As many hit the roads this summer to go on family vacations, Connecticut drivers should be aware that more and more of the big rigs on the road today are being driven by those older than retirement age. With long trips and heavy loads, some worry that this is leading to increased trucking accidents.

As CBS News reports, an analysis of accident data in 12 states showed that the number of truck accidents has risen 19 percent for drivers over the age of 70. With about 10 percent of the commercial drivers falling into the age range of 65 or older, this is of great concern. Due to a shortage of drivers in the industry, some trucking companies are specifically recruiting drivers who are old enough to retire but do not have the income available to do so. This has critics worrying that many of the drivers on the road do not have the stamina it takes to make the long trips, but anti-discrimination laws make it possible for the trucking companies to make these hires. Aviation, on the other hand, does not allow pilots to continue flying commercial flights past the age of 65.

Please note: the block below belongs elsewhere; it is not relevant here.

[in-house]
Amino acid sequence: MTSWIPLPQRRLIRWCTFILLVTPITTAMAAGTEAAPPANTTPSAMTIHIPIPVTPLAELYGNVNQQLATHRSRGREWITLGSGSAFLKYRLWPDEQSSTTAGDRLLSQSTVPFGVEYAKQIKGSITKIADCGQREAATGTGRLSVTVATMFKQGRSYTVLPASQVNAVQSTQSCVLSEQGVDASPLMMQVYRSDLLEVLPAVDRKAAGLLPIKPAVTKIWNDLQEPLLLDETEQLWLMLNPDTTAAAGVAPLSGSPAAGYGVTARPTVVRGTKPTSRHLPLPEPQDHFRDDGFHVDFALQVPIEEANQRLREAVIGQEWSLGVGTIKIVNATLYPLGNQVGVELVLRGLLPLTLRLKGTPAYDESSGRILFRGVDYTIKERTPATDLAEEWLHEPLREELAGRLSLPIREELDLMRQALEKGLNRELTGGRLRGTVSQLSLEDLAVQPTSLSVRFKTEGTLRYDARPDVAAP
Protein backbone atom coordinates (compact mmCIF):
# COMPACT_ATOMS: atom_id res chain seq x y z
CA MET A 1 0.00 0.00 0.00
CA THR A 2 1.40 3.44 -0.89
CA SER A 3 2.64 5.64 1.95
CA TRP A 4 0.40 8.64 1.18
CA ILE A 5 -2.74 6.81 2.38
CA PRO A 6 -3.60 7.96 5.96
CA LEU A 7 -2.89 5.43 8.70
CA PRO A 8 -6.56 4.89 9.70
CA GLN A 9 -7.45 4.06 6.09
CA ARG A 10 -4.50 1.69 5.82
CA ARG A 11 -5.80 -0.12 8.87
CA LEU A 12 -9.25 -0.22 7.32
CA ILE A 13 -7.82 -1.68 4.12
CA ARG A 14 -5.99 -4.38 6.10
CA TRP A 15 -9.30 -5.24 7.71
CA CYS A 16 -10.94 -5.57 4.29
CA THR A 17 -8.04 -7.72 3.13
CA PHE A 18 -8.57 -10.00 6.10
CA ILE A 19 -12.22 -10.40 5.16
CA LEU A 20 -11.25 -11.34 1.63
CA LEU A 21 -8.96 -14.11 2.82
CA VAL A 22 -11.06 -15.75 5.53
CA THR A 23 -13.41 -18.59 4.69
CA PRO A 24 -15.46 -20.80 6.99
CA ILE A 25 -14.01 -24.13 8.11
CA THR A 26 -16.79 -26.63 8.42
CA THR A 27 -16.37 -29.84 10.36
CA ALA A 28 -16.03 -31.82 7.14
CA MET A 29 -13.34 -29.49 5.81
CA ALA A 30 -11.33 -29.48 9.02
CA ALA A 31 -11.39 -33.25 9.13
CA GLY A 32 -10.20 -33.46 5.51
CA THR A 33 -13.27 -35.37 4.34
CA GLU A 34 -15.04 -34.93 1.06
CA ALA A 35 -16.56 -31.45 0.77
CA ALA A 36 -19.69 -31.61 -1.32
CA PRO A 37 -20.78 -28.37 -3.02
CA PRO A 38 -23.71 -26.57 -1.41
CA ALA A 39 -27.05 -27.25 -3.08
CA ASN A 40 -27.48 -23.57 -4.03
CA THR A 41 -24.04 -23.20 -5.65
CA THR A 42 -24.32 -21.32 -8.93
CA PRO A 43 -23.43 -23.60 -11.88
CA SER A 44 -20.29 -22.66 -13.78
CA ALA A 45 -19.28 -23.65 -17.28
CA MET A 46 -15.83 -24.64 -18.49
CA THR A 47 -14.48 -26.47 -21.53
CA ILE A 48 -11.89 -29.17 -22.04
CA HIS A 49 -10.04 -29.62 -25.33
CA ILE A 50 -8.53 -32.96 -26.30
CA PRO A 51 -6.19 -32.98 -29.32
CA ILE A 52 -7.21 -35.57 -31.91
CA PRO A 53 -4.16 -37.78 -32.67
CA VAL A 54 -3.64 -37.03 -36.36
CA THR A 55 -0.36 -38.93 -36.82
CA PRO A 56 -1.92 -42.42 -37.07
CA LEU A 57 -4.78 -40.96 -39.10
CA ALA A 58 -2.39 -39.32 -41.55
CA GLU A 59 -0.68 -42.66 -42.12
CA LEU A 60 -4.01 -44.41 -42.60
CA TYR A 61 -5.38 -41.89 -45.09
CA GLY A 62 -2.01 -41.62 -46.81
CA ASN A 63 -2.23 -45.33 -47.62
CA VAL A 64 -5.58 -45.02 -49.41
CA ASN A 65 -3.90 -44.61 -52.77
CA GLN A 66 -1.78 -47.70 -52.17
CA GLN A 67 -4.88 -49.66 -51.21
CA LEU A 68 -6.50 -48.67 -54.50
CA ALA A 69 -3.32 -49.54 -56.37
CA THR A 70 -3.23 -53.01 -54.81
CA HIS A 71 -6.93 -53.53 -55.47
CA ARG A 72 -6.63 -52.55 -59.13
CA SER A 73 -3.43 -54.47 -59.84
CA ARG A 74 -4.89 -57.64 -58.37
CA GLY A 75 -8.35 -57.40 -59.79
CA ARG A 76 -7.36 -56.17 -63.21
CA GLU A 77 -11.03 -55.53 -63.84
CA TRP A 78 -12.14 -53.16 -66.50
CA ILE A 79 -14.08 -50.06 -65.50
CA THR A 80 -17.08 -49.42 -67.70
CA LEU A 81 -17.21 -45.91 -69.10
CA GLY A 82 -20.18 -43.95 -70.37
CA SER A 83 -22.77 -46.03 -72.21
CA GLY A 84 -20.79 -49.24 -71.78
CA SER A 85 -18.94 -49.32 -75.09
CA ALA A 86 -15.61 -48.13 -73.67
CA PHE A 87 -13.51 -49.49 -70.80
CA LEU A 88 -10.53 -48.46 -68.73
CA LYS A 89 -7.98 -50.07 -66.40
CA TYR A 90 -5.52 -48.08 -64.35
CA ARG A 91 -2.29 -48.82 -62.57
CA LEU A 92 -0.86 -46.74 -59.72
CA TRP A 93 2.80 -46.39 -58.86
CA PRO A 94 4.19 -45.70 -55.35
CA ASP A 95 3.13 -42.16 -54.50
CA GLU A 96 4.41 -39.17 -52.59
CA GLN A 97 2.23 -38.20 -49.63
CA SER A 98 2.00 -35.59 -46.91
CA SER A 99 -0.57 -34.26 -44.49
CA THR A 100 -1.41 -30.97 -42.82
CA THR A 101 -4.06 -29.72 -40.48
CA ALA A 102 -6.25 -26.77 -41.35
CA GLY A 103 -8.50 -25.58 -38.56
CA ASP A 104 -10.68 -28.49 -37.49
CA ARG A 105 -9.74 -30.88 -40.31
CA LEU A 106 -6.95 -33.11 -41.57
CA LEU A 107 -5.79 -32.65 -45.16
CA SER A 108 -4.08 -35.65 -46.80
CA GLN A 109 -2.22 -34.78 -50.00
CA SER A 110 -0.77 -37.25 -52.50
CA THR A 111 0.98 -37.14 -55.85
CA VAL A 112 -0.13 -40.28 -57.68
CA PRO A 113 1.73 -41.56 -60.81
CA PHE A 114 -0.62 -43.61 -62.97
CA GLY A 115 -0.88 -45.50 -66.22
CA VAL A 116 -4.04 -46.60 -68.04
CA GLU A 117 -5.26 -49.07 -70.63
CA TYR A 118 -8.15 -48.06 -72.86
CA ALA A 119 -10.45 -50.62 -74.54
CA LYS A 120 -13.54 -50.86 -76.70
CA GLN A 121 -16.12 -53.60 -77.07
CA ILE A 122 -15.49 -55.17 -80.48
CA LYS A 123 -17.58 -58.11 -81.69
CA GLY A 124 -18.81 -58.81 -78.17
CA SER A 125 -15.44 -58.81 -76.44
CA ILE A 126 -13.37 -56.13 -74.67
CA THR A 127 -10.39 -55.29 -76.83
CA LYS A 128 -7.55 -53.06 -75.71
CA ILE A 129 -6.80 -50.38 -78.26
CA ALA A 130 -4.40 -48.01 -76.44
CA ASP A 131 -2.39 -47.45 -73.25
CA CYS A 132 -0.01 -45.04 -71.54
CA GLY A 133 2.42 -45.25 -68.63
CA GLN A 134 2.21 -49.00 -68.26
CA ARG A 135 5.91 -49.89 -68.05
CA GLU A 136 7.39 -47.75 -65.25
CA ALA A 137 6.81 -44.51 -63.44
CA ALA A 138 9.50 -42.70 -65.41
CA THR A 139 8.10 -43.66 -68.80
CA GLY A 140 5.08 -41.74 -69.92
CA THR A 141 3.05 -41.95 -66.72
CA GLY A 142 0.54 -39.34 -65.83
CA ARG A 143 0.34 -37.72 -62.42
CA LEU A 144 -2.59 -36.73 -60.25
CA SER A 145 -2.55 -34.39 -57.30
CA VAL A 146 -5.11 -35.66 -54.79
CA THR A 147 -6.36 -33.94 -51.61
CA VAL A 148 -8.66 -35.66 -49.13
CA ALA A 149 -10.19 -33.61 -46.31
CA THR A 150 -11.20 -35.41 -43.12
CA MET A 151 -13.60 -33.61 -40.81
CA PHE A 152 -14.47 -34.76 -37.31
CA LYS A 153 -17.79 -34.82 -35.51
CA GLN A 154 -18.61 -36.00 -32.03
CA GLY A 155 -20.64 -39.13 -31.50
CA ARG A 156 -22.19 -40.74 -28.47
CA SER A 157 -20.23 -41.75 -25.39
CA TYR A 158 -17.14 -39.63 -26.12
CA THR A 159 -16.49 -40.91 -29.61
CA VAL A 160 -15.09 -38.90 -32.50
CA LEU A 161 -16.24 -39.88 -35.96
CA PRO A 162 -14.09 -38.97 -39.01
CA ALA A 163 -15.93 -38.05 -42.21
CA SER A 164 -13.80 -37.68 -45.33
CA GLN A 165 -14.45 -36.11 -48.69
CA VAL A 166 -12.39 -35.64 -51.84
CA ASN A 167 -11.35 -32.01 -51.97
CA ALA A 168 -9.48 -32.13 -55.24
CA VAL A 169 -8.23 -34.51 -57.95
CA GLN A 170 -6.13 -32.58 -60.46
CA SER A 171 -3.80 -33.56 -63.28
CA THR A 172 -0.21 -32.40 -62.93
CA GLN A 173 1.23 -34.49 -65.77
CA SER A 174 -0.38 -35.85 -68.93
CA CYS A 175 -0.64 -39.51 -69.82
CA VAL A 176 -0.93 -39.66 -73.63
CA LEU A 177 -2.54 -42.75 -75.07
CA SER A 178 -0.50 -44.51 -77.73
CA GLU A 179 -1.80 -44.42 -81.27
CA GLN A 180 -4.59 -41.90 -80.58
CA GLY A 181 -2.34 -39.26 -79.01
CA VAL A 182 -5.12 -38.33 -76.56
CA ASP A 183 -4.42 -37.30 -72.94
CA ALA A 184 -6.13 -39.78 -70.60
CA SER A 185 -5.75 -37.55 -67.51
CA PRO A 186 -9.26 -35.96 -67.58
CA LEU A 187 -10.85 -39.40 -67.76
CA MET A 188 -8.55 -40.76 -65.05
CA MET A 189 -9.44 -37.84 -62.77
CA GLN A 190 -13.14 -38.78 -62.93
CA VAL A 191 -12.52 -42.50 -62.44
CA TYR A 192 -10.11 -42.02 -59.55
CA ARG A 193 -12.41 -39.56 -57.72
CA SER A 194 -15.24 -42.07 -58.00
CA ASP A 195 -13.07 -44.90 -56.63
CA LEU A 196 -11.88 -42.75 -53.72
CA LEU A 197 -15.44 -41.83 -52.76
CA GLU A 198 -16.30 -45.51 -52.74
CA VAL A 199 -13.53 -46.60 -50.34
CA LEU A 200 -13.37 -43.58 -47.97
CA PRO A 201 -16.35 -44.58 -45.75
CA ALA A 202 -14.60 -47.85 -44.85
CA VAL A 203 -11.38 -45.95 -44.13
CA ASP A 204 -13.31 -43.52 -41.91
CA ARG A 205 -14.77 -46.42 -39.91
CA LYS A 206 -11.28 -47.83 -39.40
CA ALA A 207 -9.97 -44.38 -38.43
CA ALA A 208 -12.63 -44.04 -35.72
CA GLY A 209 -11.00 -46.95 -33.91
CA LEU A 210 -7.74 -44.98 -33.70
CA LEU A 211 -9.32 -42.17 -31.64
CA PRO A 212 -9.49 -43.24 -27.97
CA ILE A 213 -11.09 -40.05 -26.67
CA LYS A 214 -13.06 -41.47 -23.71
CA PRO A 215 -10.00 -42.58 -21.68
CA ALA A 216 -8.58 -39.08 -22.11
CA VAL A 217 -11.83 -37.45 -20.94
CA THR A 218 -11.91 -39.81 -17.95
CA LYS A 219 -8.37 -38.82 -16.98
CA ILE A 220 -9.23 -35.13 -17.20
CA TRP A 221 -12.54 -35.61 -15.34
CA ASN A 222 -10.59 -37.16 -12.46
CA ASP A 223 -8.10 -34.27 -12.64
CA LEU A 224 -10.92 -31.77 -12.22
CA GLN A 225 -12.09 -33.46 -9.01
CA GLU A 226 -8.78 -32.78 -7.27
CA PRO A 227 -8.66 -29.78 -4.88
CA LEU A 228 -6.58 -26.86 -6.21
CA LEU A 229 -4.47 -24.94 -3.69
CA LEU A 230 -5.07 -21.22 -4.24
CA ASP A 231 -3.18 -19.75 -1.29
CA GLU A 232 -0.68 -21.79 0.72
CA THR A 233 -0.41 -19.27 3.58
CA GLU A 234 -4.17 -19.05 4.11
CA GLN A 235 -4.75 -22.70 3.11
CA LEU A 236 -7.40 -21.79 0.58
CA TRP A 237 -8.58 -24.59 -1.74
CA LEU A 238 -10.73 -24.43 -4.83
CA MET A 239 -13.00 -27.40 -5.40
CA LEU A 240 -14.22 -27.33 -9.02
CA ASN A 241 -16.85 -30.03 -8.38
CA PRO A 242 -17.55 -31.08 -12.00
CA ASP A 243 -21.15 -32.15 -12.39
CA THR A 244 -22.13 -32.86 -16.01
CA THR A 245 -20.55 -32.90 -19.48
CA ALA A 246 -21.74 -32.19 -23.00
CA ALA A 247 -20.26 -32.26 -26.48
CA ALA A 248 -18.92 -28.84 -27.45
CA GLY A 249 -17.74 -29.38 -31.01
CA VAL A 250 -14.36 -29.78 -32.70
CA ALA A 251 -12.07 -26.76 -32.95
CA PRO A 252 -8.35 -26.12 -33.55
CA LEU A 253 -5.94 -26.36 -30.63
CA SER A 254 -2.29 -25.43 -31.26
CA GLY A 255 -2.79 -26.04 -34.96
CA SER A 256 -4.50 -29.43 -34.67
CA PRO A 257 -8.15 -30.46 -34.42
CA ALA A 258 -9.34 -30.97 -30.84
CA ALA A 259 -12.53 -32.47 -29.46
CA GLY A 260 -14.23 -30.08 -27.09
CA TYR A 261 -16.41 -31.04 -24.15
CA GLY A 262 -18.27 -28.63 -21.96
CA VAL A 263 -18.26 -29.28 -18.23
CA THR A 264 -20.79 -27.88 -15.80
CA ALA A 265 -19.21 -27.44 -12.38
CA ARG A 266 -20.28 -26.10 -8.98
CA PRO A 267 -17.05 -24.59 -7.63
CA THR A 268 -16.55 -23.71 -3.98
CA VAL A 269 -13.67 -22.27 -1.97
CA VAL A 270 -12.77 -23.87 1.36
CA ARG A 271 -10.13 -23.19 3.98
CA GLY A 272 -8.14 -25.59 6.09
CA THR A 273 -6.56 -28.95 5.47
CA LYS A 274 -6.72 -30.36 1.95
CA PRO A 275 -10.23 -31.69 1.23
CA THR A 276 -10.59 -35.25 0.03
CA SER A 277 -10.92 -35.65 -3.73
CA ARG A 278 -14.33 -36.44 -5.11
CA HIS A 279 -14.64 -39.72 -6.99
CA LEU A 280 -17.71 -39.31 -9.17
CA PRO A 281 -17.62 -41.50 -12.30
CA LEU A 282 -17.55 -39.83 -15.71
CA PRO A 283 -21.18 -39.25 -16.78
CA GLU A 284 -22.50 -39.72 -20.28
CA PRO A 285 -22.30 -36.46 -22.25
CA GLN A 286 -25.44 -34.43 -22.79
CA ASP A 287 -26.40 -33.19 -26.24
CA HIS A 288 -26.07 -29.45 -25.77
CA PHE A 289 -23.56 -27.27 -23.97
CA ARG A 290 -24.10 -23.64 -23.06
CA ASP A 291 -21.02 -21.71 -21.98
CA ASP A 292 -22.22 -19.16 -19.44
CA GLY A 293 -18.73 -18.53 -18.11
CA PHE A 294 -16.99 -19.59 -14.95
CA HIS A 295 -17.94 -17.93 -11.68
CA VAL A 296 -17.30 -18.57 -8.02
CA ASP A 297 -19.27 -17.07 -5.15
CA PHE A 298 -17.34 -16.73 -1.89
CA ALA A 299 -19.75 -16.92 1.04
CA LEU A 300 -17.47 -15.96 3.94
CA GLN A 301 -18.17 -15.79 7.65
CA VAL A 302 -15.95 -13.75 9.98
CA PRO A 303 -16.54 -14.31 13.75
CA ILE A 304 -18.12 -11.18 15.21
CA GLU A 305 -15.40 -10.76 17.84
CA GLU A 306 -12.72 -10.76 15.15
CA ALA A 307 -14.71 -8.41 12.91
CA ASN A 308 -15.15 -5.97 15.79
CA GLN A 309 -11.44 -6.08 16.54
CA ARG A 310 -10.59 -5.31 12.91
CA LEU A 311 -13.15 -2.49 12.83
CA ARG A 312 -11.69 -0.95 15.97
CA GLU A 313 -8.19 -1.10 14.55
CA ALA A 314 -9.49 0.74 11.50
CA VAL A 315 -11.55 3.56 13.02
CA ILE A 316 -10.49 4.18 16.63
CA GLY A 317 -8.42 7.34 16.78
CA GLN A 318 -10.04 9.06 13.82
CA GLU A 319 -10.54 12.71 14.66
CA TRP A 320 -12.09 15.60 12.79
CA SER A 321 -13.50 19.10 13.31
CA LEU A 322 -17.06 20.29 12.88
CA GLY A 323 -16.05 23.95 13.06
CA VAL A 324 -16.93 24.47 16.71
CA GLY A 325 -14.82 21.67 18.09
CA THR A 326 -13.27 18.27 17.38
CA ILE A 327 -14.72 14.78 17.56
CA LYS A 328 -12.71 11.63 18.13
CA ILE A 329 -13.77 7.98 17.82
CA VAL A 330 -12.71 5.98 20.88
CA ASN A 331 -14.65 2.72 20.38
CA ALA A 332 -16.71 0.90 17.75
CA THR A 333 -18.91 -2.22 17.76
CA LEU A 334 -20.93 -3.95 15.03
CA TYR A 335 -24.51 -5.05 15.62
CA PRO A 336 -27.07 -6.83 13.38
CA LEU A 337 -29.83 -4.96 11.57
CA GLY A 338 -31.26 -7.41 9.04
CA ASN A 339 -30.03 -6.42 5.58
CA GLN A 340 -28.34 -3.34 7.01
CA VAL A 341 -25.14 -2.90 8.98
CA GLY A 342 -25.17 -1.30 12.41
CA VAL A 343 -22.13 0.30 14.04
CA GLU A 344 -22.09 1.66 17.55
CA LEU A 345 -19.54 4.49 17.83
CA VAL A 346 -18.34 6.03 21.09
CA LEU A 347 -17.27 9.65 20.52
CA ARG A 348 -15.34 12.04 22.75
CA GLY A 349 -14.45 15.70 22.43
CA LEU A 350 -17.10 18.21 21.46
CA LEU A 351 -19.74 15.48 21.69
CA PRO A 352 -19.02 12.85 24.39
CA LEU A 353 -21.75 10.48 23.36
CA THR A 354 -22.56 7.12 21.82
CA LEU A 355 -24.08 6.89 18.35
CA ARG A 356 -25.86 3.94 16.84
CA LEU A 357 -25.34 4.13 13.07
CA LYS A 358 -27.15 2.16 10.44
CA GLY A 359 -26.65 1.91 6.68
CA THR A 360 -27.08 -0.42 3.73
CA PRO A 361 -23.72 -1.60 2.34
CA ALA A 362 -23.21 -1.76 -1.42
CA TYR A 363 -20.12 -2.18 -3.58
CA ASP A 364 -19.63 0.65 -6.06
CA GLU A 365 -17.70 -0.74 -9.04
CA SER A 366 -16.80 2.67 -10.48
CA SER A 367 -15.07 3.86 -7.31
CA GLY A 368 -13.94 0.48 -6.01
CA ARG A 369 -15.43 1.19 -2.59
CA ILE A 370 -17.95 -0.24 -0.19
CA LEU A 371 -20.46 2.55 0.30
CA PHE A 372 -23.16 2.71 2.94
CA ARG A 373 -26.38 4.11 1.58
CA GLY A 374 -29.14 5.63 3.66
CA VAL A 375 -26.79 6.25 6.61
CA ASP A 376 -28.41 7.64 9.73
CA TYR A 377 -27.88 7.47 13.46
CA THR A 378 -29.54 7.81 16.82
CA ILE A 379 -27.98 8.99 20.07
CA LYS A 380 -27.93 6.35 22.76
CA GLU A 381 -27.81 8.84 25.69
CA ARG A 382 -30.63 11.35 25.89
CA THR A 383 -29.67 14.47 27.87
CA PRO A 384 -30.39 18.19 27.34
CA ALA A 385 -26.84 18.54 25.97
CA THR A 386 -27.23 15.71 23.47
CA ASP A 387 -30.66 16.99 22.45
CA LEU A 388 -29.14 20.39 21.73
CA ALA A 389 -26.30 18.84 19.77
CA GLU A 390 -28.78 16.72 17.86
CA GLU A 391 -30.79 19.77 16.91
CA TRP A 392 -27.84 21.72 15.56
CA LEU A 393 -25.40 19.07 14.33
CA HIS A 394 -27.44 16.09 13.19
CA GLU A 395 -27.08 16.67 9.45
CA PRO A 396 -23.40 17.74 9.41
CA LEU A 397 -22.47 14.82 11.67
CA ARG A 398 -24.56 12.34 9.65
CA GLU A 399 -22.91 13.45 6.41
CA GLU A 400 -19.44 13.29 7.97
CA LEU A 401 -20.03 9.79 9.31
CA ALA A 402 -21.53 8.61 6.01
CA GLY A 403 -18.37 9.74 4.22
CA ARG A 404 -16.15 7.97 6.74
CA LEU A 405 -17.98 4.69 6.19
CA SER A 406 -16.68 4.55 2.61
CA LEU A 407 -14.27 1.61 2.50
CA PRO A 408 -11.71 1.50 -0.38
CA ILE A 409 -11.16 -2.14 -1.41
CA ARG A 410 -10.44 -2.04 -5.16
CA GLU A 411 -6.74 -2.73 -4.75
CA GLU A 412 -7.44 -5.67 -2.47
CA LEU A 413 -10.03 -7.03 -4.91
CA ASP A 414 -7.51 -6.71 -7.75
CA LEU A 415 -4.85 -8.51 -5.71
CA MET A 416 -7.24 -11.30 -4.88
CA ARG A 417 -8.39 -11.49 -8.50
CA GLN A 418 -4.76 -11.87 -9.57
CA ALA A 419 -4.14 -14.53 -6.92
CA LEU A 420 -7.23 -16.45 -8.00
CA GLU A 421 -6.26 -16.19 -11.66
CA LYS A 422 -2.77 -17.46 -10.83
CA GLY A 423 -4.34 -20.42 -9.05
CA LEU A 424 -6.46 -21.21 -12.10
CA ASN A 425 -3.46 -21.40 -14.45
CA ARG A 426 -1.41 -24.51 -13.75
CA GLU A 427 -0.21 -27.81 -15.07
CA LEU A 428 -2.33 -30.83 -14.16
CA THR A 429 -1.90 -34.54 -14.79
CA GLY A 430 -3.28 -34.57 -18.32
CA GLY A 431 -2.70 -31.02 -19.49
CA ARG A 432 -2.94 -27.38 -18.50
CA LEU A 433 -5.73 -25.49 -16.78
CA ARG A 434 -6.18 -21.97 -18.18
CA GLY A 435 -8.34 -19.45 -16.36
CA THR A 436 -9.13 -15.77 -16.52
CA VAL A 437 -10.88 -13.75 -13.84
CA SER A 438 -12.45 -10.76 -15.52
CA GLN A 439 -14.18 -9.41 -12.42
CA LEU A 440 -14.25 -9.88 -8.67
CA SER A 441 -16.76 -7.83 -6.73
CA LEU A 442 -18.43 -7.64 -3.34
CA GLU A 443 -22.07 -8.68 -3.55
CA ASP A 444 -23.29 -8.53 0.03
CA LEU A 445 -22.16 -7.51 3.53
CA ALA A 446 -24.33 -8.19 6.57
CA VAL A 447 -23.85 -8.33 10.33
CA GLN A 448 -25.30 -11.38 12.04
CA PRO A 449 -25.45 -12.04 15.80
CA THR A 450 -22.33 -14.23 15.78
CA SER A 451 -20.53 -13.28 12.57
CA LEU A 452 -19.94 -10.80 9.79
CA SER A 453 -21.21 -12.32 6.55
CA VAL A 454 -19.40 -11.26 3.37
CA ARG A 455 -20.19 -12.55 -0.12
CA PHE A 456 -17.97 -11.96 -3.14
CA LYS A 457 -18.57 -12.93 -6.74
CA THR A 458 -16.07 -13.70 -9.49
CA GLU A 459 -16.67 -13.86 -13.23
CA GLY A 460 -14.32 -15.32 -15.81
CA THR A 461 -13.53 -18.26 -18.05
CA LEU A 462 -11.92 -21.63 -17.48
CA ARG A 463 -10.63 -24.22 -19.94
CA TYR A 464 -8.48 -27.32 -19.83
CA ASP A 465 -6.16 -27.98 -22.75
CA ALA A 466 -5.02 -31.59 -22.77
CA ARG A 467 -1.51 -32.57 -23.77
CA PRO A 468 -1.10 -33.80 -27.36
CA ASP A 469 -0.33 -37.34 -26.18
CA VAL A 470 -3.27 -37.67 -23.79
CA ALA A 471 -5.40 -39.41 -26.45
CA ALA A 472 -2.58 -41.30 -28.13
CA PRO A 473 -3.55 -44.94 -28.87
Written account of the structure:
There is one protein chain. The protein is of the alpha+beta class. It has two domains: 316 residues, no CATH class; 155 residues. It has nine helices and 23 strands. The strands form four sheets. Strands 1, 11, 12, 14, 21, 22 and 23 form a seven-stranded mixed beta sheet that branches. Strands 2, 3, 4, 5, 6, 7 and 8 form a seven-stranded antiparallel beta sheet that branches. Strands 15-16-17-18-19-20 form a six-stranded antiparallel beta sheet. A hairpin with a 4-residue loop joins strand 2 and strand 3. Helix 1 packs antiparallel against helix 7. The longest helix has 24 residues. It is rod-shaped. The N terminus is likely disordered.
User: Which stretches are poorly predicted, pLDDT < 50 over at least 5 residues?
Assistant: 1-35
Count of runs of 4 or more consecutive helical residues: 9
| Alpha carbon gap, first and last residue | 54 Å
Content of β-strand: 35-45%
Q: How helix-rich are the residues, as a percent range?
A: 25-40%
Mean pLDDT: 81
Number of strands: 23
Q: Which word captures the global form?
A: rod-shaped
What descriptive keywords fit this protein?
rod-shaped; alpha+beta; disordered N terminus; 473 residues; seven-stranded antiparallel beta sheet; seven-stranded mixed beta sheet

Changing these regulations face extreme push back from the trucking industry. As the Huffington Post explains, the Federal Motor Carrier Safety Administration learned how hard the industry resists change after it recommended screening obese drivers for sleep apnea, which left untreated can cause drivers to fall asleep at the wheel. Even after the FMCSA withdrew its proposal due to the anger of the industry, trucking lobbyists successfully called for Congress to write a law forcing the FMCSA to follow a much more complicated procedure in order to make any changes to driver screenings.